Fuel surcharge lawsuits are increasing almost at the dizzying rate of the hikes in the cost of crude oil and diesel fuel, attorneys and carriers say.
Four years ago, when the first class-action lawsuit was filed against a group of LTL trucking companies, crude oil was around $50 a barrel and a cost of a gallon of diesel was under $2.50.
That lawsuit, still pending, was filed by a small California irrigation and agricultural supply company called Water Tech and it affected only a handful of large LTL carriers.
Now, similar lawsuits have been filed in virtually every transportation mode.
Large chemical and agricultural shippers have complained to the Surface Transportation Board about the way railroads collect fuel surcharges.
As a result, the STB has ordered the rails to change the methodology in the way they collect fuel charges.
Now, instead of being collected as a percentage of the freight bill—the way truckers and air freight carriers do—railroads assess their fuel surcharges on per-mile basis.
But with nearly everything the STB does, there is a small catch.
The STB ruling only applies to regulated bulk commodities (such as coal, grain and chemicals) moving under tariff rates.
So-called “exempt” commodities moving under contract rates (such as automobiles and trucking containers) are not covered by the STB decision.
Surcharges on that freight still are being calculated as a percentage of the shippers’ bill.
In addition to the class action lawsuits, individual shippers are filing antitrust lawsuits against railroads and other modes.
In a case being closely watched, Archer Daniels Midland has filed an antitrust suit against major Class 1 railroads, alleging violations in the fuel surcharge mechanism.
The exposure is great. Union Pacific is alleged to have overcharged as much as $1.16 billion in fuel surcharges.
Burlington Northern’s overcharges are $925 million with CSX ($842 million), Norfolk Southern ($890 million) and Kansas City Southern ($790 million) close behind, according to figures compiled by Supply Chain Digest Research. Experts say these lawsuits are a longshot.
That’s because the Supreme Court ruled two years ago that there must be “prima facie” evidence alleging antitrust violations.
It’s no longer enough for shippers to just say there have been violations of the Sherman Antitrust Act.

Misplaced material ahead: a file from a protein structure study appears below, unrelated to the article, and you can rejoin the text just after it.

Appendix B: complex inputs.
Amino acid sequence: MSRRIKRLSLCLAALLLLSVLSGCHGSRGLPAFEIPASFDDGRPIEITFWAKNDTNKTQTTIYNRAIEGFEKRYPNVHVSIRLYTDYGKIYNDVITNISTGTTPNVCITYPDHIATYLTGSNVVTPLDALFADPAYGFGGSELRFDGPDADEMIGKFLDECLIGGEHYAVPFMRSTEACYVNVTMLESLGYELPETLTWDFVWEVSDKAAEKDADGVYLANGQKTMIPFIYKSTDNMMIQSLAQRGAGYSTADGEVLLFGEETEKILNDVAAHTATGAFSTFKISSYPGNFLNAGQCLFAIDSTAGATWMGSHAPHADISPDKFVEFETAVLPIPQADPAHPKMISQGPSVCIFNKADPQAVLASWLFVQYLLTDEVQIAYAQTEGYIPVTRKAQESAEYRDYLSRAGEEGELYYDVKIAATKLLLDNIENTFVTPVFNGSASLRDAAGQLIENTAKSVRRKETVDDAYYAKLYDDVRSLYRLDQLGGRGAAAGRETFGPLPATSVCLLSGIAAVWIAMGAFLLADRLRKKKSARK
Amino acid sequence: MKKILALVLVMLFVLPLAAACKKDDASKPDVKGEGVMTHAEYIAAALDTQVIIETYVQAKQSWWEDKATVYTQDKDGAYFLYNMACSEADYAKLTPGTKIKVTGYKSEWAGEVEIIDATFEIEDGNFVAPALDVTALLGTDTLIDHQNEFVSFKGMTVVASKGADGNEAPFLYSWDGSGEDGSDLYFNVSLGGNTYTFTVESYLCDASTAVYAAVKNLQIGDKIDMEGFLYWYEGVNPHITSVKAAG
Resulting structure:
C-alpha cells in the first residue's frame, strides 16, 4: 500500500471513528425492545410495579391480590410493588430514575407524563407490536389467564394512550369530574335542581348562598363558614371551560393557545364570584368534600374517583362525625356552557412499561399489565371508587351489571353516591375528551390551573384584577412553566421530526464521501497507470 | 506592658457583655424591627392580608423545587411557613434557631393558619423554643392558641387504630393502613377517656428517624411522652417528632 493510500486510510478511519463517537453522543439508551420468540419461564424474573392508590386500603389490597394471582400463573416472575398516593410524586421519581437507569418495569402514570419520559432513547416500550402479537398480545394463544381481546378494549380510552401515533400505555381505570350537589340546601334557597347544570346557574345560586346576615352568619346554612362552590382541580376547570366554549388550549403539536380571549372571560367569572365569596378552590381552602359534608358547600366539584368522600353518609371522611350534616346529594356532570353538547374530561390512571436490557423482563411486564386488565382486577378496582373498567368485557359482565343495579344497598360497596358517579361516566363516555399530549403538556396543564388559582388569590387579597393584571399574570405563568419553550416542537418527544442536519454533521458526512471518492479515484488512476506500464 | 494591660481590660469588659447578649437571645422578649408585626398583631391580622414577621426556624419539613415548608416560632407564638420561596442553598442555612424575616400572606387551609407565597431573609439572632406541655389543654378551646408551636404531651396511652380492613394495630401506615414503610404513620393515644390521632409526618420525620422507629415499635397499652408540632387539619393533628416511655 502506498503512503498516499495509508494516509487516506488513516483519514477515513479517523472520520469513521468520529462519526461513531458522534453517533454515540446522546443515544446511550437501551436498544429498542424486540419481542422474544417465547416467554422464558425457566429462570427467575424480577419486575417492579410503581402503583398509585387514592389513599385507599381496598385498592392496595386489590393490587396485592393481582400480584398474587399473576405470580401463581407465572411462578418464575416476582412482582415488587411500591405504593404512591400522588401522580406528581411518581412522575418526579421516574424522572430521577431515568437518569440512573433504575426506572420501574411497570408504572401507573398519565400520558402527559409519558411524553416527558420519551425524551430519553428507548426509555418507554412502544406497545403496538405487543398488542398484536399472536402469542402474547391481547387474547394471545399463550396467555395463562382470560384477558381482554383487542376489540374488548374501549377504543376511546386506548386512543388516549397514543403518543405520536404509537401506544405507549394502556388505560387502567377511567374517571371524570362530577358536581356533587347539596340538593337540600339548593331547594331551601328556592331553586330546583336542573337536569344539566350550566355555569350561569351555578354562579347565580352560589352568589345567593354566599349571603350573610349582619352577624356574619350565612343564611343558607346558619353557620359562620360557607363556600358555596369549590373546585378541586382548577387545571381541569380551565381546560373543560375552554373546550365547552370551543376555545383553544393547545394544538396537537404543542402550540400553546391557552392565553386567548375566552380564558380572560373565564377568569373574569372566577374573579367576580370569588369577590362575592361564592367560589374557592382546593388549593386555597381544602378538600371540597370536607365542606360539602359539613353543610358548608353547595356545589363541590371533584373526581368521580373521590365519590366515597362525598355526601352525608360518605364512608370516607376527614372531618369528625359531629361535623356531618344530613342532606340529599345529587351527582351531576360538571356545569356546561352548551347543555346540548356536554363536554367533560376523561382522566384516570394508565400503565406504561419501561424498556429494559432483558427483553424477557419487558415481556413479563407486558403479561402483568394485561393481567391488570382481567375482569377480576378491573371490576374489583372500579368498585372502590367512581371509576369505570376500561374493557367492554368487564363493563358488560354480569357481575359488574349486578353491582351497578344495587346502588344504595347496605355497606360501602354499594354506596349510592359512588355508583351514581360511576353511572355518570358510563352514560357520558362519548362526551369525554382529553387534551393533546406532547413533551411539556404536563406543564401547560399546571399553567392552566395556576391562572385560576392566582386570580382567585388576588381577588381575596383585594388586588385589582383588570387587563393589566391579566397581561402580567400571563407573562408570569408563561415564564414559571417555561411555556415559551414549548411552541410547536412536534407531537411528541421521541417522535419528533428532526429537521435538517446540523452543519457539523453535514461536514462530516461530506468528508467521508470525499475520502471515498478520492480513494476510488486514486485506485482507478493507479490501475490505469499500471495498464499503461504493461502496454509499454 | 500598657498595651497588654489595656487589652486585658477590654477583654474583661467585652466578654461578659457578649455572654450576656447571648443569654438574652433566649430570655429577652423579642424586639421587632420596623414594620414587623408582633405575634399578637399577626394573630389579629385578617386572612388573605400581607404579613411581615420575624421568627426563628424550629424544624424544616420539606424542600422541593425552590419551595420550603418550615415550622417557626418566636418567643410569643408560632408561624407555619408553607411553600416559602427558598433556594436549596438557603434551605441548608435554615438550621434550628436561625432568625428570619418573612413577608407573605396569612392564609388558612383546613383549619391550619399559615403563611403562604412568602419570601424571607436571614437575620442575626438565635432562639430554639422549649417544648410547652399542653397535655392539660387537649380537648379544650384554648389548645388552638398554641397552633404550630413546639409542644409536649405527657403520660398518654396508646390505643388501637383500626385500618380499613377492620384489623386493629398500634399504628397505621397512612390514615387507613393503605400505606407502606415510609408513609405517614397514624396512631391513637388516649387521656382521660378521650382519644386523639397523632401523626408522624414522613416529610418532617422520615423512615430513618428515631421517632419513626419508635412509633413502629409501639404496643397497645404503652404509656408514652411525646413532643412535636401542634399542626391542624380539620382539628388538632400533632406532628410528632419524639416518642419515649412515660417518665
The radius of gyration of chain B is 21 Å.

Rather, antitrust experts say, there must be actual evidence the railroads (and other carriers in competing modes) actually conspired to fix their surcharge levels.
“It was a natural act of the rising cost of diesel fuel,” says Fritz Kahn, a Washington lawsuit and former member of the Interstate Commerce Commission and an expert in antitrust law.
“One railroad did it. Others copied. There’s nothing wrong with copying as long as there is no collusion, in my opinion.”
While the railroads and truckers may ultimately win their class-action defenses, the air freight sector already is paying for what the Justice Department and others are saying is a worldwide price-fixing conspiracy.
Nearly $1 billion in fines have been collected already as law enforcement agencies around the world stiffen enforcement of air freight carriers.
The action started four years ago with raids on air cargo company offices around the world.
At least one freight executive is going to jail as a result of the surcharge-fixing conspiracy. There might be more. There have been heavy fines as well.
Last year, British Airways and Korean Air were both ordered to pay up to $300 million in criminal fines.
Smaller penalties have been levied against Japan Airlines and Qantas. So far, no individual air freight shipper has won any significant lawsuit over fuel surcharges.
But experts say that it might only be a matter of time before a savvy lawyer breaks that streak by opting out of a class action suit in favor of individual action.
Source: Logistics Management